When mountains collapse: New-tech geodatabase helps geologists assess landslide hazard and risk

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Jesse Mysiorek conducting fieldwork on the Jure Nepal Landslide

Jesse Mysiorek conducts fieldwork on the Jure, Nepal landslide with state-of-the-art remote-sensing equipment. The landslide can be seen two kilometres down the valley.

Jesse Mysiorek, New Science Communicator

Early in the morning of August 2, 2014, part of a mountain collapsed in Jure, Nepal, about 70 kilometres northeast of Kathmandu. Some 5.5 million cubic metres of rock and debris – equal to the size of Grouse Mountain, north of Vancouver, BC – tumbled down into the Sunkoshi Valley, killing over 200 people, destroying two dozen homes, and completely wiping out the Arniko highway. It also dammed the Sunkoshi River for about a month. Water backed up behind a 55-metre-tall pile of rock, creating an ever-growing lake that submerged dozens of houses and a hydropower station.

My name is Jesse Mysiorek. I’m pursuing a master’s degree in engineering geology, specializing in slope stability analysis, at Simon Fraser University in Burnaby, BC. However, for my thesis project, I’m currently undertaking research in both Nepal and at the university campus to determine why, how, and when landslides like the Jure slide occur.

By applying state-of-the-art scientific remote-sensing techniques and traditional geological methods at the Jure landslide that have been integrated into a new kind of geodatabase, I have been able to better understand why the mountain broke away in 2014 and gain insight into the mountain’s future stability.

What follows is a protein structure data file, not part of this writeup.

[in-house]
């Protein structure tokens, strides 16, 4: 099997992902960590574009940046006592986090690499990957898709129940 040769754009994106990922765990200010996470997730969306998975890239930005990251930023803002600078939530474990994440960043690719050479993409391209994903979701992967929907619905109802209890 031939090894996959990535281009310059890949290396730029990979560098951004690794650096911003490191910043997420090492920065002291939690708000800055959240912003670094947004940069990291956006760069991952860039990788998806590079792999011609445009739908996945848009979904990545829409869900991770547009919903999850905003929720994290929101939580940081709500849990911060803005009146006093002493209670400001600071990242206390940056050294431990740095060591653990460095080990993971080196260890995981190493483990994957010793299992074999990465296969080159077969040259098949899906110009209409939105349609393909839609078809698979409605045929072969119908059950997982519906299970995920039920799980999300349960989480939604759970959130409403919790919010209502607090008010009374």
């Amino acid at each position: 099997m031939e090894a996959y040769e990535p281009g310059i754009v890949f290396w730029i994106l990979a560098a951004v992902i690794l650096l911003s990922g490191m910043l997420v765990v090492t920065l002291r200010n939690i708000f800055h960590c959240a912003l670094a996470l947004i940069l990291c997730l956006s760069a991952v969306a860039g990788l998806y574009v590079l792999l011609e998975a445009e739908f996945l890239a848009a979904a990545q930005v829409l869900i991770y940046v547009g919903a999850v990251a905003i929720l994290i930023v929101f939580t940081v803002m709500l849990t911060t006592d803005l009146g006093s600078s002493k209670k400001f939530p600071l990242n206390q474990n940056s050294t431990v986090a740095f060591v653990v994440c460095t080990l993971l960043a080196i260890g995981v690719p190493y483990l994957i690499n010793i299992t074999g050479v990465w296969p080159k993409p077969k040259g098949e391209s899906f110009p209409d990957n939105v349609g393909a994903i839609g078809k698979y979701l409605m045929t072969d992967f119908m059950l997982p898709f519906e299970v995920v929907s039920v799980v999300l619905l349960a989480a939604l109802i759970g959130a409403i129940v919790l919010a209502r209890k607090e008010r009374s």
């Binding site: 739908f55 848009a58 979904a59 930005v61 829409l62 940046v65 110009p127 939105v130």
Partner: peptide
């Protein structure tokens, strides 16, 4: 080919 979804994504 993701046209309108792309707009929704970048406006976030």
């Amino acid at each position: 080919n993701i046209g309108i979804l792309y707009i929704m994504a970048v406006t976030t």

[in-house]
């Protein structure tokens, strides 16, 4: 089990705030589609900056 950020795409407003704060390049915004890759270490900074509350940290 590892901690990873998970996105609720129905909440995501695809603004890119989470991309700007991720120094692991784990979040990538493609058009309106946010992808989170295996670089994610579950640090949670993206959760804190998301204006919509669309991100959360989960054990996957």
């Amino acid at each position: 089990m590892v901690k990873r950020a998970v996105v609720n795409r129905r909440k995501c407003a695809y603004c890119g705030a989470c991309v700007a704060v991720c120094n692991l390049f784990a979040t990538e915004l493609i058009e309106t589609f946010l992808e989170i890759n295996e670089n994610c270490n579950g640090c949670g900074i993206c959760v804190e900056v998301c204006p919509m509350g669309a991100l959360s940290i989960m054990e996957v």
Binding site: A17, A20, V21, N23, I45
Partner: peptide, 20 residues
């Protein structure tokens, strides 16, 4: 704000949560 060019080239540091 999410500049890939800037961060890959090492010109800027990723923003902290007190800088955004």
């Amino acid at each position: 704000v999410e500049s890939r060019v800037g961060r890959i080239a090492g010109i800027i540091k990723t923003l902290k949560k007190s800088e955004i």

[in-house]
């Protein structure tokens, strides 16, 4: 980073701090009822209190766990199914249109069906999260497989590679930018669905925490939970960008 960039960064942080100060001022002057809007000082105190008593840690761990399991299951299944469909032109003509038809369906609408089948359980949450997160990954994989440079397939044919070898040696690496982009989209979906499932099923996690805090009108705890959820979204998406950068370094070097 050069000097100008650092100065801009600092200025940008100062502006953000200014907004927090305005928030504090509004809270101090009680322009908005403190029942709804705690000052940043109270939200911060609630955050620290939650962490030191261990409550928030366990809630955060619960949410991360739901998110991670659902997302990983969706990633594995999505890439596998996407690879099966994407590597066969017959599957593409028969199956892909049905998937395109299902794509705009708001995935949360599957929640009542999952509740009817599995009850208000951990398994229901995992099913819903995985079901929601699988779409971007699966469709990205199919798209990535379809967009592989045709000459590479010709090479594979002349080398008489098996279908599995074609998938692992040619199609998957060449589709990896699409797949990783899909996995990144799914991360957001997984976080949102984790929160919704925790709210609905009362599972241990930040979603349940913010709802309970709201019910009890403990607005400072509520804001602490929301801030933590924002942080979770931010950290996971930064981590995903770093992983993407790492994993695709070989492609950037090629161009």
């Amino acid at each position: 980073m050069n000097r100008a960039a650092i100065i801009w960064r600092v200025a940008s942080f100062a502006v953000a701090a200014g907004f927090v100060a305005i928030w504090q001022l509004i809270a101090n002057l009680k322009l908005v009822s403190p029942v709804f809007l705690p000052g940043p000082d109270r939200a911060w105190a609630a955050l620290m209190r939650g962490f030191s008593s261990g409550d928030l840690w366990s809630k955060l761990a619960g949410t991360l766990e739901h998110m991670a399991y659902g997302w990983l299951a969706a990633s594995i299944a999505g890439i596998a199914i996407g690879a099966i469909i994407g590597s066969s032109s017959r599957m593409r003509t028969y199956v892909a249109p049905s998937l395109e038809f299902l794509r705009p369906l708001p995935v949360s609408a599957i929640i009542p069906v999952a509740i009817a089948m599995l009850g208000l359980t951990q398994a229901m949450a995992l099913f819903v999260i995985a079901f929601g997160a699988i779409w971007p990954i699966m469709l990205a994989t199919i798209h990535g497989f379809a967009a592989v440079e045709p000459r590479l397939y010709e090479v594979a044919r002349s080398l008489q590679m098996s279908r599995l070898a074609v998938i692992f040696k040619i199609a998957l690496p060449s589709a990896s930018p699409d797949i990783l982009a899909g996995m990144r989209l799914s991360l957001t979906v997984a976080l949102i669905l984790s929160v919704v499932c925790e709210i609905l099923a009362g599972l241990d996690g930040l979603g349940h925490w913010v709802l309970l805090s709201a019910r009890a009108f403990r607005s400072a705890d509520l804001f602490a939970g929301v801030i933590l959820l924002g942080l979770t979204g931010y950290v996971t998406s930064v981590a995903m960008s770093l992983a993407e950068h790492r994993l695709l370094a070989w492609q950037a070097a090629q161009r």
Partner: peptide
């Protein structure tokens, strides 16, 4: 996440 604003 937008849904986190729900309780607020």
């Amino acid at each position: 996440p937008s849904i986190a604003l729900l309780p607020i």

Mixed/virtual reality interactive fieldsite

I use a wide range of remote-sensing tools to study slope stability. In the photograph below, you can see me interacting with a hologram of 100-metre-high rock cliff at the Jure, Nepal, landslide. The hologram is part of a large holographic Jure landslide geodatabase that I am developing. In addition to holographic maps from the Jure region, the database includes information from GIS, rockfall modelling, change-detection, mitigation, rock samples collected, and GPS field locations.

The technology I’m using is called mixed reality. Unlike virtual reality, which generates virtual objects such as computer-graphic simulations and fully immerses users within a digital or virtual environment, mixed reality presents the real world and virtual-world objects (holograms) together. It allows users to see both the world around them and the holograms simultaneously, in real time. It also allows people to add digital elements to their actual environment.

mixed reality holographic landslide geodatabase